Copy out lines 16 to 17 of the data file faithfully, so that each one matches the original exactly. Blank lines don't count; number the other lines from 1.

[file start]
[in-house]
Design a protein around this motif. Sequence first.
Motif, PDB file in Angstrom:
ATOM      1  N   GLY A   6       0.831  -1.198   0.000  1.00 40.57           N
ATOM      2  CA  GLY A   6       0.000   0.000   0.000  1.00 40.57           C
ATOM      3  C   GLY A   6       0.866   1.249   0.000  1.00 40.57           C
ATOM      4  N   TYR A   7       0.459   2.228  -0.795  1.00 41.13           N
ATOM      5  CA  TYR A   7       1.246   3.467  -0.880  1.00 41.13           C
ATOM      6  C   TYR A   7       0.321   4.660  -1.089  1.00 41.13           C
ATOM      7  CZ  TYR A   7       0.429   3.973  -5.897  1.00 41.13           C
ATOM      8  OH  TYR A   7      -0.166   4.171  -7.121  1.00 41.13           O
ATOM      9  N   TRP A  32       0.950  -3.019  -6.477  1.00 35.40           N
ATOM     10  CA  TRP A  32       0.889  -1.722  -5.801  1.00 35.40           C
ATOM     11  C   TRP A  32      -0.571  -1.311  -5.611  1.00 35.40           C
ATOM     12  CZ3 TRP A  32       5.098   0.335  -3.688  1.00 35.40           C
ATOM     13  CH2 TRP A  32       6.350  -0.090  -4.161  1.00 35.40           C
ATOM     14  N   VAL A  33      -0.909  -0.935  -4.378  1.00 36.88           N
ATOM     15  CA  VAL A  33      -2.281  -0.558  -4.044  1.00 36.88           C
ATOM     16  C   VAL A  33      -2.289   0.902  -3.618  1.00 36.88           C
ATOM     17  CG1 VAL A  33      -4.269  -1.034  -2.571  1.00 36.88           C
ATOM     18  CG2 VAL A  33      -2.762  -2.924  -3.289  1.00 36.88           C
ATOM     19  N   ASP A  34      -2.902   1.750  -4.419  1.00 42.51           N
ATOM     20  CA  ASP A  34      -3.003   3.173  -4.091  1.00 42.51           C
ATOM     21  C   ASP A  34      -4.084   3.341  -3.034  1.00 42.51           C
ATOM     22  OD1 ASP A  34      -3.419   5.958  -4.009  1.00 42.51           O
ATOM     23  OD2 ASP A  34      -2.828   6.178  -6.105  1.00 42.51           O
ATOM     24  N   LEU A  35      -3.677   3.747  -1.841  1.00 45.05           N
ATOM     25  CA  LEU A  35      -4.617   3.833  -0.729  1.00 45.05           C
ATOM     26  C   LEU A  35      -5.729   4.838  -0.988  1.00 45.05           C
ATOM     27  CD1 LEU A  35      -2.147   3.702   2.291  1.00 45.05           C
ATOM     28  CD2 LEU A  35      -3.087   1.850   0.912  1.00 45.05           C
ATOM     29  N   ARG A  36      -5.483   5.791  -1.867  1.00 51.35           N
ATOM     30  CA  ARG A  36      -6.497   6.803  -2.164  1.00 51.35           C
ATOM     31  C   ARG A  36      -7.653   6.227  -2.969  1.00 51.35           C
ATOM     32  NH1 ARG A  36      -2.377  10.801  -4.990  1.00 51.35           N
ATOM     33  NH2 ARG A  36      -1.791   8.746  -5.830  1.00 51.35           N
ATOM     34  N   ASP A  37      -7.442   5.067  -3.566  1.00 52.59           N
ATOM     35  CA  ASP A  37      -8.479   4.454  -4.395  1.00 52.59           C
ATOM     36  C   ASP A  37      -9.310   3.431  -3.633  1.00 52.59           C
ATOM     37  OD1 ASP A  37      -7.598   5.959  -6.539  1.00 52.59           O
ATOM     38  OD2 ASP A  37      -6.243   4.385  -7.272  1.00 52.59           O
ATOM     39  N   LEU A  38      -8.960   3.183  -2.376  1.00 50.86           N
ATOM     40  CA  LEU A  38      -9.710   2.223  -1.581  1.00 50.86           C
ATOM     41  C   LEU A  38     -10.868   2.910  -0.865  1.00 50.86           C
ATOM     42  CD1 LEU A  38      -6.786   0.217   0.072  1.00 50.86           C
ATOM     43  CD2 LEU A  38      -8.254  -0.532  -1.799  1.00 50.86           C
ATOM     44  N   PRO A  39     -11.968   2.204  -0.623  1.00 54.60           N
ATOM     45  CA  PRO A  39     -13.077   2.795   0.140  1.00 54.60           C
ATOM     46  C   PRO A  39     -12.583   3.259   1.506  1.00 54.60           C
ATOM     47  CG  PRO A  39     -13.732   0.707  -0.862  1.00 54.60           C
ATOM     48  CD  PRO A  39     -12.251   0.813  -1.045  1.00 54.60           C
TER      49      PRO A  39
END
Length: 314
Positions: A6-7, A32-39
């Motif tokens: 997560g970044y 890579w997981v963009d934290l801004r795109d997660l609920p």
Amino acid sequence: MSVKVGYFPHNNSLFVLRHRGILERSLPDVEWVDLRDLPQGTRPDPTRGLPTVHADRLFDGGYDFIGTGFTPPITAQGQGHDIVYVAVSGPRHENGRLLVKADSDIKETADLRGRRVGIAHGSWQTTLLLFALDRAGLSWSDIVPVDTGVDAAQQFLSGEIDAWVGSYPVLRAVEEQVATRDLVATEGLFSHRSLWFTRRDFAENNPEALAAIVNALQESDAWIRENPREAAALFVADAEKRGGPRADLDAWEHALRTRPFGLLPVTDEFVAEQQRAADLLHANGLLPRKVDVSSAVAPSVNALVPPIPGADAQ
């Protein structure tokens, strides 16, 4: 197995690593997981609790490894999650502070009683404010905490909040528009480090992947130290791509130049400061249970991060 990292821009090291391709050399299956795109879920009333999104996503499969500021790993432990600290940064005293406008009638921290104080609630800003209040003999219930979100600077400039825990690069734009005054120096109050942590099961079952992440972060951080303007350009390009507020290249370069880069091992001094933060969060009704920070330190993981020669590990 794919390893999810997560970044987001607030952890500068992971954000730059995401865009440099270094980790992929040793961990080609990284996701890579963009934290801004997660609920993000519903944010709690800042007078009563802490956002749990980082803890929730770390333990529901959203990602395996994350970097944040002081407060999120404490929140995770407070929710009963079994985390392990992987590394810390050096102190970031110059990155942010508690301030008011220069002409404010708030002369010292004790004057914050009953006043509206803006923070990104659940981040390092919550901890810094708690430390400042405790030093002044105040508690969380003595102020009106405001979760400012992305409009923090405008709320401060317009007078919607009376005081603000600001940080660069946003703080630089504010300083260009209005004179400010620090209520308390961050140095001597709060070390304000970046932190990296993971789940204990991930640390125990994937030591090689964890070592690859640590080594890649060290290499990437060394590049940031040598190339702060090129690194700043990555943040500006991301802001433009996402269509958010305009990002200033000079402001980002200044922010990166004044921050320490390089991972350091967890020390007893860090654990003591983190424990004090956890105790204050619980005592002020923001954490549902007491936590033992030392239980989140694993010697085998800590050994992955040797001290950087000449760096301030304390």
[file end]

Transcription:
ATOM     13  CH2 TRP A  32       6.350  -0.090  -4.161  1.00 35.40           C
ATOM     14  N   VAL A  33      -0.909  -0.935  -4.378  1.00 36.88           N